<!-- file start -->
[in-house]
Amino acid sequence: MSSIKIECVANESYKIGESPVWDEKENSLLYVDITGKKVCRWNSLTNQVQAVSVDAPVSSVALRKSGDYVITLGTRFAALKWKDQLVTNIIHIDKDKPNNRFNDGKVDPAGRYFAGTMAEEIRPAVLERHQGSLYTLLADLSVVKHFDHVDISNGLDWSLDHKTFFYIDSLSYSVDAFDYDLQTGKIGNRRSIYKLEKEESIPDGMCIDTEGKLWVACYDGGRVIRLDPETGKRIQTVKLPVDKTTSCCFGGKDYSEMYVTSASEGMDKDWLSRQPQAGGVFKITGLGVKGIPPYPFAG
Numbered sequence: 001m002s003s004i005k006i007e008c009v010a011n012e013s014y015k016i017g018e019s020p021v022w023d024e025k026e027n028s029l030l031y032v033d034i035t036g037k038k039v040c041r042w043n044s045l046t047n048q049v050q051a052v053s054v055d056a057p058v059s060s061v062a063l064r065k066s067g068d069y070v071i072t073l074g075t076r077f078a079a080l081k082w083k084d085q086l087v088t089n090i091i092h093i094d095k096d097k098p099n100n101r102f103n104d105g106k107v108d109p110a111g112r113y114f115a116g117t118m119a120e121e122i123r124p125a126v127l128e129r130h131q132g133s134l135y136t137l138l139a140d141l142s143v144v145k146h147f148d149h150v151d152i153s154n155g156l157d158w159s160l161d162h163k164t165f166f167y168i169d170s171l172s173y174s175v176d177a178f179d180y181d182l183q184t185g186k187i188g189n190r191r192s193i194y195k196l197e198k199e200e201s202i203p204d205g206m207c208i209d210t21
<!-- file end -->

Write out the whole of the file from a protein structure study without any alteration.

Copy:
[in-house]
Amino acid sequence: MSSIKIECVANESYKIGESPVWDEKENSLLYVDITGKKVCRWNSLTNQVQAVSVDAPVSSVALRKSGDYVITLGTRFAALKWKDQLVTNIIHIDKDKPNNRFNDGKVDPAGRYFAGTMAEEIRPAVLERHQGSLYTLLADLSVVKHFDHVDISNGLDWSLDHKTFFYIDSLSYSVDAFDYDLQTGKIGNRRSIYKLEKEESIPDGMCIDTEGKLWVACYDGGRVIRLDPETGKRIQTVKLPVDKTTSCCFGGKDYSEMYVTSASEGMDKDWLSRQPQAGGVFKITGLGVKGIPPYPFAG
Numbered sequence: 001m002s003s004i005k006i007e008c009v010a011n012e013s014y015k016i017g018e019s020p021v022w023d024e025k026e027n028s029l030l031y032v033d034i035t036g037k038k039v040c041r042w043n044s045l046t047n048q049v050q051a052v053s054v055d056a057p058v059s060s061v062a063l064r065k066s067g068d069y070v071i072t073l074g075t076r077f078a079a080l081k082w083k084d085q086l087v088t089n090i091i092h093i094d095k096d097k098p099n100n101r102f103n104d105g106k107v108d109p110a111g112r113y114f115a116g117t118m119a120e121e122i123r124p125a126v127l128e129r130h131q132g133s134l135y136t137l138l139a140d141l142s143v144v145k146h147f148d149h150v151d152i153s154n155g156l157d158w159s160l161d162h163k164t165f166f167y168i169d170s171l172s173y174s175v176d177a178f179d180y181d182l183q184t185g186k187i188g189n190r191r192s193i194y195k196l197e198k199e200e201s202i203p204d205g206m207c208i209d210t21